Mr. Dennis has been twice married, first, in April, 1864, to Margaret Anne Smith who was born in Greene county, Missouri, in 1843, and here grew to womanhood and was educated. Her death occurred in 1876, leaving four children, all of whom survive at this writing, namely; John E., a sketch of whom appears elsewhere in this work; Clara B., William A., and George F. Mr. Dennis was married a second time, in 1877, to Martha G. Ferrell, who was born in Tennessee in 1861 and there spent her early girlhood, removing with her parents when thirteen years of age to Greene county, Missouri, and here she received a common school education and lived on the home farm until her marriage, which occurred when she was seventeen years of age. She has proven to be a faithful helpmate, is industrious, kind-hearted and genial and, like her husband, has a host of warm friends throughout this locality.

Mr. Dennis is the father of five children by his second wife, named as follows: Henry E. is assistant cashier in the Bank of Rogersville; Cora A. is deceased; Grover C. is engaged in the hardware business in Rogersville; Shirley V. died at the age of eighteen years; Ben Elmer is at present a soldier in the regular United States army, and is stationed in California.

Mr. Dennis has traveled extensively and, being a keen observer, has profited much by what he has seen. In 1898 he was a member of the adventurous and hardy band of prospectors that invaded the Alaska gold fields and experienced the usual hardships and privations of such an expedition and from a financial standpoint the venture was not successful. He was absent in the rugged and picturesque Northland made famous by London, Beach, Curwood and other noted authors, about a year, returning to his farm in Greene county. But, unlike many who returned from that precarious country of the mighty Yukon, having lost their all in practically a game of chance, Mr. Dennis had plenty to return to, and despite the fact that he brought back no sacks of gold dust, is rated among the well-to-do men of Greene county, and, having honestly earned every dollar in his possession through his individual efforts, he is eminently entitled to his fortune and also to the high esteem in which he is universally held.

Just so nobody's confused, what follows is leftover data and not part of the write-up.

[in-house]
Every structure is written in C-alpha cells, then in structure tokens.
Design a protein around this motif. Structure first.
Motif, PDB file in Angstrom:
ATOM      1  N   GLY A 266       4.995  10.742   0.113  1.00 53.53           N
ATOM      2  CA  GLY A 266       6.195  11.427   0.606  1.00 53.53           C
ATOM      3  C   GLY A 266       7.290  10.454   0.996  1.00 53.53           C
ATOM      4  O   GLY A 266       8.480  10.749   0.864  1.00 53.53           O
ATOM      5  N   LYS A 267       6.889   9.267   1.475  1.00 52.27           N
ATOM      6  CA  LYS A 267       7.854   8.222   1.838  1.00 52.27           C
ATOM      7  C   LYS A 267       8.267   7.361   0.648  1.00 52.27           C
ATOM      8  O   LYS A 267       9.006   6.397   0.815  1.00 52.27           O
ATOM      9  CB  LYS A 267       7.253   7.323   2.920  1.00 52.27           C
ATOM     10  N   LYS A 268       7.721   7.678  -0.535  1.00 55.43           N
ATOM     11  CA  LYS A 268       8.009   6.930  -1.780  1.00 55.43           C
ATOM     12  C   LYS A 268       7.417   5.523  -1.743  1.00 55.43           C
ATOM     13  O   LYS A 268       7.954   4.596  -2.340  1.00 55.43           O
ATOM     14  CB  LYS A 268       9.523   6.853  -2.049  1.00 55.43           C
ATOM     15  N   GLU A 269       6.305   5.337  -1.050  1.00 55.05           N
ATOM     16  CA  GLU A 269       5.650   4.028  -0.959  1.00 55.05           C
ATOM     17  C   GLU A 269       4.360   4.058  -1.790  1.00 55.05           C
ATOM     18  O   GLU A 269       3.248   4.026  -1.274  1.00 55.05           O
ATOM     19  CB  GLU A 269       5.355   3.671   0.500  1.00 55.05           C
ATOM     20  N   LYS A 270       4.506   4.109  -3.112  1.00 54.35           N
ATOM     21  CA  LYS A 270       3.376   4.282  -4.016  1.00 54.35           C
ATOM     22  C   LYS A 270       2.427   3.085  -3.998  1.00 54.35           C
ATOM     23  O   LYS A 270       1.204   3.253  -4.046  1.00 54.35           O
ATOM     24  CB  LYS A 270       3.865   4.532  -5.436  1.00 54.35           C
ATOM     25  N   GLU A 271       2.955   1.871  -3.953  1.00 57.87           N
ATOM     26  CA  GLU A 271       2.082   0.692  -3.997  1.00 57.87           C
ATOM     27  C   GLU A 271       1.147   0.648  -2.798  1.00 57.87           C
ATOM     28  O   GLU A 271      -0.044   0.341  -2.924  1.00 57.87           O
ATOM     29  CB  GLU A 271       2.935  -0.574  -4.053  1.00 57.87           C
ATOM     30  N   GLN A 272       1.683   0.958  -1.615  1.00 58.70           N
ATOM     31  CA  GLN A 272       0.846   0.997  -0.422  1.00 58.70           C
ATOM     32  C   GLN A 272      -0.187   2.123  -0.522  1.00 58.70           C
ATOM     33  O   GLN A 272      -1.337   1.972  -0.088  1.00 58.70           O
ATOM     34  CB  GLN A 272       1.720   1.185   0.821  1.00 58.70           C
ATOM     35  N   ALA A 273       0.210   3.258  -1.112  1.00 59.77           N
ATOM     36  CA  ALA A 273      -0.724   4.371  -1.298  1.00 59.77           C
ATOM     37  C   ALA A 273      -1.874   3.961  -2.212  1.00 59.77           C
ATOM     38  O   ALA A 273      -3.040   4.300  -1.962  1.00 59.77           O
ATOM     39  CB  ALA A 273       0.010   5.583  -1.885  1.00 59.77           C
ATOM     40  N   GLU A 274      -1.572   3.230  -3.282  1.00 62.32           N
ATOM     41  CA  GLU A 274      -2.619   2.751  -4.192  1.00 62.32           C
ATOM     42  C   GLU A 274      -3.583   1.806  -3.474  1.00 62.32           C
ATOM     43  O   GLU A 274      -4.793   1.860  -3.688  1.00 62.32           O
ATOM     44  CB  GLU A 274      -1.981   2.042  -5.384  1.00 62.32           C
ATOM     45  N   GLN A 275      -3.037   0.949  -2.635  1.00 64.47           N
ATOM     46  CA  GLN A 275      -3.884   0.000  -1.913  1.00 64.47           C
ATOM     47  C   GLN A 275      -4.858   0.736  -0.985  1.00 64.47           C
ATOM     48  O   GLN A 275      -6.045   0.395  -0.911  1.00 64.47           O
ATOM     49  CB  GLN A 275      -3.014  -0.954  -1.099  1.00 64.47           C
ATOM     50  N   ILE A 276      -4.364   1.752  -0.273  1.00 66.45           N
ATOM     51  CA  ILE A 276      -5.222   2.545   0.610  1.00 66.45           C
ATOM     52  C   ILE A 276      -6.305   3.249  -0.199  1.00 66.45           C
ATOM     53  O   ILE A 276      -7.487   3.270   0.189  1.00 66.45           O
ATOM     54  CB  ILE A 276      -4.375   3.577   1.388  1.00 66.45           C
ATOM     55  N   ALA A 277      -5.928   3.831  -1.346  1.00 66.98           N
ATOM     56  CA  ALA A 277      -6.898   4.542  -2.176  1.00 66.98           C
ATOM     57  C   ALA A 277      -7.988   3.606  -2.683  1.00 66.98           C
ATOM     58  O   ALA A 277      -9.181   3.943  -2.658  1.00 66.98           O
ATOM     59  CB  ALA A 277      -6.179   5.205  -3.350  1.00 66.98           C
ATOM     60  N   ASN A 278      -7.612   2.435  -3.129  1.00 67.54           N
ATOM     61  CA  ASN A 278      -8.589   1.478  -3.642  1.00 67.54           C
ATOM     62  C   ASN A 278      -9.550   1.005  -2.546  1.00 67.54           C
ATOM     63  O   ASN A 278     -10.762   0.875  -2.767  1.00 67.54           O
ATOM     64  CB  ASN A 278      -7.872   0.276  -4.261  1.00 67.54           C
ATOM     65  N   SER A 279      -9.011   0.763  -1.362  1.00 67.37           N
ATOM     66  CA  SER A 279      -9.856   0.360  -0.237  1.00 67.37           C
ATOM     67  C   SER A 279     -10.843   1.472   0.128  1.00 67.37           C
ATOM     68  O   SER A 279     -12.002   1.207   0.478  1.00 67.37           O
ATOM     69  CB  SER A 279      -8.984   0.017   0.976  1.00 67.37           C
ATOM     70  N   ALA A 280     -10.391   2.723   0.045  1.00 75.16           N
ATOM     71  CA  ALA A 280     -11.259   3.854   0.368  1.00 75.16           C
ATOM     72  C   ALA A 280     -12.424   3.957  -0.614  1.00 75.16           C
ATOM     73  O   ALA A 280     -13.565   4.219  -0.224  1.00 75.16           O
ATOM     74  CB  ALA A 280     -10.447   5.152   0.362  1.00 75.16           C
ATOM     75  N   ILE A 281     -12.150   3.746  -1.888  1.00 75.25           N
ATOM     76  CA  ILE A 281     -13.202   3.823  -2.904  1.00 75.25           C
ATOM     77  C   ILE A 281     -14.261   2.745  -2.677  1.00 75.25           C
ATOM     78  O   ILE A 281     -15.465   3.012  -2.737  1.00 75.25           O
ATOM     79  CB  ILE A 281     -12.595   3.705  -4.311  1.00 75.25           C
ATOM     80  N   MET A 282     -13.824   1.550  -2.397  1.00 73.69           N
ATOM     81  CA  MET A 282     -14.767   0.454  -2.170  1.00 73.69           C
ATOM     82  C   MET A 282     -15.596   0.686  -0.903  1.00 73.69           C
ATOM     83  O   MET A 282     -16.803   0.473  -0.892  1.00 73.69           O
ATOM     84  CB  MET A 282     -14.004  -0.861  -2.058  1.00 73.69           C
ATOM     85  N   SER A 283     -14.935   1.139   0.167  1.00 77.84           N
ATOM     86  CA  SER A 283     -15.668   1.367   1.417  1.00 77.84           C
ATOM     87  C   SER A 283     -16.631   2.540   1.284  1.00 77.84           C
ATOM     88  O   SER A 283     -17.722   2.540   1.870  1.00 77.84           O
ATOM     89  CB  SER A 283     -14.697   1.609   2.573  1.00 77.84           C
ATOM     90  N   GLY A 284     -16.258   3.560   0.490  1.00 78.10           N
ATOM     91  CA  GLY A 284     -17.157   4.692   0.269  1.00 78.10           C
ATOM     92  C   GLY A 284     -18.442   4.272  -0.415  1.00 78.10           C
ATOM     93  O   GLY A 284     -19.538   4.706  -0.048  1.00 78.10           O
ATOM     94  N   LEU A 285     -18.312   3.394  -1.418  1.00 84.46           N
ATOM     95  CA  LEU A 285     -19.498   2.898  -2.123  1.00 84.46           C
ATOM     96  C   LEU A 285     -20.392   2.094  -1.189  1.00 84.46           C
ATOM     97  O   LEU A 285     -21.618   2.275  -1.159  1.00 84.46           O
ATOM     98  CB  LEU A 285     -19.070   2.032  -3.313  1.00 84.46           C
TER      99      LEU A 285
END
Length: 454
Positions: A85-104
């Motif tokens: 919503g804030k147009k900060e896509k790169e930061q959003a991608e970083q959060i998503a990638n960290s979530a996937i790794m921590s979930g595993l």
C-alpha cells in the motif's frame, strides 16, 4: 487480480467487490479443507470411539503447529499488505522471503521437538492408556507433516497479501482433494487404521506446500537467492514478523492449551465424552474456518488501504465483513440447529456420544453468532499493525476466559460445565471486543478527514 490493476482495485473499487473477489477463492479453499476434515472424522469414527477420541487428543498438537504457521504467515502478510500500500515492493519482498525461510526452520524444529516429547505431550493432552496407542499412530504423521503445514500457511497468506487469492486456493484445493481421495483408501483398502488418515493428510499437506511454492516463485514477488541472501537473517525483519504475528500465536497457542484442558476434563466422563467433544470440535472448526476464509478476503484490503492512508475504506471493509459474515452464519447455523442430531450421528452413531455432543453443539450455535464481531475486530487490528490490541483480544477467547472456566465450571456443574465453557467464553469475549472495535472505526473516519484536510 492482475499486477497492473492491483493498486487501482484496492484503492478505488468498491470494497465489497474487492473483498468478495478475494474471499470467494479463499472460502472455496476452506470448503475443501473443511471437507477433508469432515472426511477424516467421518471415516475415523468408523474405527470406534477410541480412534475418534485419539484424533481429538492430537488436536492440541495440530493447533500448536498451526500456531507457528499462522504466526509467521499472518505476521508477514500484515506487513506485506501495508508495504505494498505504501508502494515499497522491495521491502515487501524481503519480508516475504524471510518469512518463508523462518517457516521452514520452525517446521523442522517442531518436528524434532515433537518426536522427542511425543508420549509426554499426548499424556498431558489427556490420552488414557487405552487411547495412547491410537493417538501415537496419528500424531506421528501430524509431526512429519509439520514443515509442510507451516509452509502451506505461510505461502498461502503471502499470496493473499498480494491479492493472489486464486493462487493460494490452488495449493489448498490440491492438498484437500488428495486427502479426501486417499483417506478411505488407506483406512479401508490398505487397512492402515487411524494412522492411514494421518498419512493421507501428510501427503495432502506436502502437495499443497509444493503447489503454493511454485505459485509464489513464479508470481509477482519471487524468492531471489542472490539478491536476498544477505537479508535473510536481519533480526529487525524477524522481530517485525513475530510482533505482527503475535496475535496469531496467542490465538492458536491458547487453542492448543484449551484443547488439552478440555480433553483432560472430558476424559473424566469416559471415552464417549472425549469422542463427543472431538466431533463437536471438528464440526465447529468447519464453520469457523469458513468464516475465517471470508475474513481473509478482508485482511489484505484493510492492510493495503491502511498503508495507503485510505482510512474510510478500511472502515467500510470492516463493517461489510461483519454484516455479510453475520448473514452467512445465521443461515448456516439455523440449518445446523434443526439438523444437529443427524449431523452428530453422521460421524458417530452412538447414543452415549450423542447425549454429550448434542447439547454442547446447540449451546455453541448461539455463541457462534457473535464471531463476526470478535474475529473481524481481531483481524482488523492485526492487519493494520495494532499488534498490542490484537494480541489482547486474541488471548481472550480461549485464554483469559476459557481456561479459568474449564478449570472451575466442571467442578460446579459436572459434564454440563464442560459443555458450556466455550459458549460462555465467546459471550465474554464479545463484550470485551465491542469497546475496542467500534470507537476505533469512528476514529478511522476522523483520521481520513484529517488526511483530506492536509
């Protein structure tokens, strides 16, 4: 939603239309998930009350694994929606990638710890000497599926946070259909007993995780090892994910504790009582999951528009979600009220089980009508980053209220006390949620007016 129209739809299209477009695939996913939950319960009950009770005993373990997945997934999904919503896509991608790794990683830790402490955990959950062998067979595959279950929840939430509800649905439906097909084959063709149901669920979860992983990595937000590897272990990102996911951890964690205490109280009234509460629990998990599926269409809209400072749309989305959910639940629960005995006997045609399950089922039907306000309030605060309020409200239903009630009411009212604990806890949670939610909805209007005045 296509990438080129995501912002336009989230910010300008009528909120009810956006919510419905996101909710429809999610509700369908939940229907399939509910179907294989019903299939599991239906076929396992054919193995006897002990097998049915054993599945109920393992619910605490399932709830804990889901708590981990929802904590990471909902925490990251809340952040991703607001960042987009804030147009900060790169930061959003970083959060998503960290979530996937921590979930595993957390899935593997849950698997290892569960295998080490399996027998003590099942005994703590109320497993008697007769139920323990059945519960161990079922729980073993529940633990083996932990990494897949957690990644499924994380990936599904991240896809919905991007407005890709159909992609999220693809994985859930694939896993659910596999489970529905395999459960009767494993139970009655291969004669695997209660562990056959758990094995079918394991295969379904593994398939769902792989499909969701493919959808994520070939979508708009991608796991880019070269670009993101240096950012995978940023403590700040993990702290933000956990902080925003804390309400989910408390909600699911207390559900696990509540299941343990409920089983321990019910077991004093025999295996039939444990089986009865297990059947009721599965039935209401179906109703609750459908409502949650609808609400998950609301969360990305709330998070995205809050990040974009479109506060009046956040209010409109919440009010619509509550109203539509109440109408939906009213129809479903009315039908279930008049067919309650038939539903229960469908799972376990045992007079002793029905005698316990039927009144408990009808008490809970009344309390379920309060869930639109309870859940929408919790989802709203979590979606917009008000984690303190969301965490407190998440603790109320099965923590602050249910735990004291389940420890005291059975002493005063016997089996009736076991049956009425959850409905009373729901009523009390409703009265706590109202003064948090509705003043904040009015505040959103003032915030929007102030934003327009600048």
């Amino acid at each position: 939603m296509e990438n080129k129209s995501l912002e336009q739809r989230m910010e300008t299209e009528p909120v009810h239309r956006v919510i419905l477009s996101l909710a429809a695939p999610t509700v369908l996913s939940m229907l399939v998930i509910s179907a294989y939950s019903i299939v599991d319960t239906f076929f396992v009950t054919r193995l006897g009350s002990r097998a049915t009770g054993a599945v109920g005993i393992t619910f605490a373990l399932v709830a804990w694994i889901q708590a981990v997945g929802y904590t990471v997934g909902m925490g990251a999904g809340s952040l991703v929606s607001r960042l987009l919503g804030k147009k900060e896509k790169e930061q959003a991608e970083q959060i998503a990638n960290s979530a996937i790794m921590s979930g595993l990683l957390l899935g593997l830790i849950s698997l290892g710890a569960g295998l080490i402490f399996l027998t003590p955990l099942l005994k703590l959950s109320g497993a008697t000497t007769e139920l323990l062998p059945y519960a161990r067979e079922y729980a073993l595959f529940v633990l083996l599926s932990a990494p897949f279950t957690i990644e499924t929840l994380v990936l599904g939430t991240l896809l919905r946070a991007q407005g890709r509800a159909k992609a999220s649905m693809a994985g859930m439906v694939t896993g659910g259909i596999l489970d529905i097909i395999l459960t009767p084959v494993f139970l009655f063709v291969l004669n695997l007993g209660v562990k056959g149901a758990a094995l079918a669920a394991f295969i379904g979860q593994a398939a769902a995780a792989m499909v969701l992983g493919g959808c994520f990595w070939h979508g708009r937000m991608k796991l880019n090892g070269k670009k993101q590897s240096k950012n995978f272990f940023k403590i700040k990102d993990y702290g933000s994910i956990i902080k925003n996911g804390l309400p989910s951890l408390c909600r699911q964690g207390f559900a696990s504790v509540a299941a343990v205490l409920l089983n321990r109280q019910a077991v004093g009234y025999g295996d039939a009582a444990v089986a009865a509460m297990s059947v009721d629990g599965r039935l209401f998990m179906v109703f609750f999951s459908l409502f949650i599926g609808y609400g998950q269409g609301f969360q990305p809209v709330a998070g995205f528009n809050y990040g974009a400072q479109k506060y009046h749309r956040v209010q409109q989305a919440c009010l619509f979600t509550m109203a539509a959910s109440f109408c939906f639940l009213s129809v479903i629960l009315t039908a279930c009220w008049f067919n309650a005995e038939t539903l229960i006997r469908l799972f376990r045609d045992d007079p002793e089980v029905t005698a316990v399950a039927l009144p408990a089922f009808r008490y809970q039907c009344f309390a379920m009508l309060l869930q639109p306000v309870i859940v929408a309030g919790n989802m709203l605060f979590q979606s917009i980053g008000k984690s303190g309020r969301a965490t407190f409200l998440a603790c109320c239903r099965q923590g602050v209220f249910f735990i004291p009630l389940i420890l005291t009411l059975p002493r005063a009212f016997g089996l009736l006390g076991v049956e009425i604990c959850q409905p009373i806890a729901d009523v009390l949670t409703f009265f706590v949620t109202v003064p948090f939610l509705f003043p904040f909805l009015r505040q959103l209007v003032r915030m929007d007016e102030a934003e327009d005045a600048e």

Politically, Mr. Dennis is an ardent Democrat and has long been influential in party affairs, although not seeking to become a political leader himself, preferring to devote his attention exclusively to his extensive business affairs and his home. Religiously he is a worthy member of the Methodist Episcopal church, and fraternally is a member of the Masonic Order, including the Knights Templars and the Ancient Arabic Order of Nobles of the Mystic Shrine. He stands high in all circles in which he moves, being an honest, obliging, courteous and hospitable gentleman at all times.

[1760-1763]